Actors talk about sad timeliness of ‘Hotel Mumbai’ amid Christchurch terrorist attack
LOS ANGELES—A few hours after we watched “Hotel Mumbai,” a film based on the 2008 terrorist attacks in India, the horrific mass shootings at two mosques in Christchurch, New Zealand, unfolded.
With sadness, we thought about the increasing frequency of these attacks and how innocent lives are snuffed out in these senseless killings.
“Hotel Mumbai,” prompted by the 2009 documentary “Surviving Mumbai”—about the terrorists’ siege of the Taj Mahal Palace Hotel and other locations—stresses the heroic acts by the hotel staff, including renowned chef Hemant Oberoi, waiters and busboys, who risked their lives to protect the guests.
The film, directed by Anthony Maras (he also wrote the script with John Collee), stars Dev Patel, Armie Hammer, Jason Isaacs, Nazanin Boniadi and Anupam Kher.
When we interviewed Dev, Armie and Jason a few days later in New York, the talk was somber. Anupam plays Oberoi, but most of the characters in the movie are composites of survivors and victims in the carnage at the famous hotel that lasted for two nights and three days.
The terrorists, heavily armed with automatic weapons and grenades, took some guests and employees hostage, killed others and set parts of the hotel on fire.
The 10 men, reportedly sent by Lashkar-e-Taiba, a terrorist group based in Pakistan, killed more than 170 people around Mumbai. “Hotel Mumbai” is sadly timely in the wake of the Christchurch massacres.
Armie, who plays a hotel guest with his wife (Nazanin), newborn baby and nanny in tow, said, “It’s a sad reality that we do have to be on guard. This stupid sh*t happens as we just saw in New Zealand. You would think that we as humans have evolved enough and have enough of an understanding to realize that we should just stop f**king shooting each other.
“It’s just so dumb like these extremist ideologies, these xenophobic ideas that we put between us that people can exaggerate to the point where they feel like they need to do something like this.
“One of the reasons why I like this film is that it focuses on the humanity. You see the human toll that’s taken on both sides of this, even in the example of the gunmen in our film. They’re not just nameless, faceless robots who just perpetuate violent acts. They are humans who are affected by what’s going on. They’re misled by ideologies.”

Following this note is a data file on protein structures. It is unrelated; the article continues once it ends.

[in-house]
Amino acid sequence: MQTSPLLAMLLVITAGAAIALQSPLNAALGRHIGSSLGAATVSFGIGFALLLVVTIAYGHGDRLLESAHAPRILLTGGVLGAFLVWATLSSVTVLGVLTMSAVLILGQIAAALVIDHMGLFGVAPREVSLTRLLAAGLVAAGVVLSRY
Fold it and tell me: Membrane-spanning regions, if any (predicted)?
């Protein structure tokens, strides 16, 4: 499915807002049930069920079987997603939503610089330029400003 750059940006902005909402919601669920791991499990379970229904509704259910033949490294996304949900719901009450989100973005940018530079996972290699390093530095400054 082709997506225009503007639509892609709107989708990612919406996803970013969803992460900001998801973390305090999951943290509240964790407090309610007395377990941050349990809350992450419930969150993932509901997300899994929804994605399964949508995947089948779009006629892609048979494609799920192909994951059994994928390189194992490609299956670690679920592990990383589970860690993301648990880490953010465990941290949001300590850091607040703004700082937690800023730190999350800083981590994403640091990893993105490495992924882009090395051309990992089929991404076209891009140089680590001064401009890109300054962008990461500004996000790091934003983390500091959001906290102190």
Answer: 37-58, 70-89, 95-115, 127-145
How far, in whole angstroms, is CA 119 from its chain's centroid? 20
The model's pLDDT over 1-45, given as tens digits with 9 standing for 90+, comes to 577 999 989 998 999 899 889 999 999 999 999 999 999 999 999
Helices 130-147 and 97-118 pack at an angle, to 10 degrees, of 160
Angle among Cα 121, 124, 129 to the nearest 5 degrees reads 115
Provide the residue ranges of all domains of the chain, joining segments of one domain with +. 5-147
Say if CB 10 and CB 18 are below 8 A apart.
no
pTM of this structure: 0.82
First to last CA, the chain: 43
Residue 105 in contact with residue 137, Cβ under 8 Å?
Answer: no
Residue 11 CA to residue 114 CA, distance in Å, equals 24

The star of the acclaimed “Call Me by Your Name” added, “It’s just an unfortunate reality of the world we live in. The thing that I put more blame on than any one specific person is a lack of education, experience, wisdom … ”
On what kind of discussions “Hotel Mumbai” should inspire among people after they have seen it, Armie answered, “The conversation to have after seeing this film is OK, this is obviously a global issue. What can we do to stop it? Who do we need to talk to? Who do we need to understand better because these people felt misunderstood, underrepresented and underheard?”
“You have to start somewhere in a much smaller way before you get to the point of spending years planning an attack,” Armie pointed out. “The desperation has to build over time. No one gets frustrated in one day. In the film ‘Falling Down,’ for example, that guy spent years getting frustrated, and it was growing. Maybe if there was one person who walked up to him one day and said, ‘You seem upset. What’s going on? What can I do to help you?’ Who knows what kind of crisis you might avert?
“There is a level of sympathy and understanding that we lack as humans for anyone who might be different than us. That’s a dangerous thing because you can push people into a corner. Humans are animals. When you corner animals, they react. Figuring out why people do these things is more important than trying to figure out how to stop these things. You’re treating the symptom, not the disease.”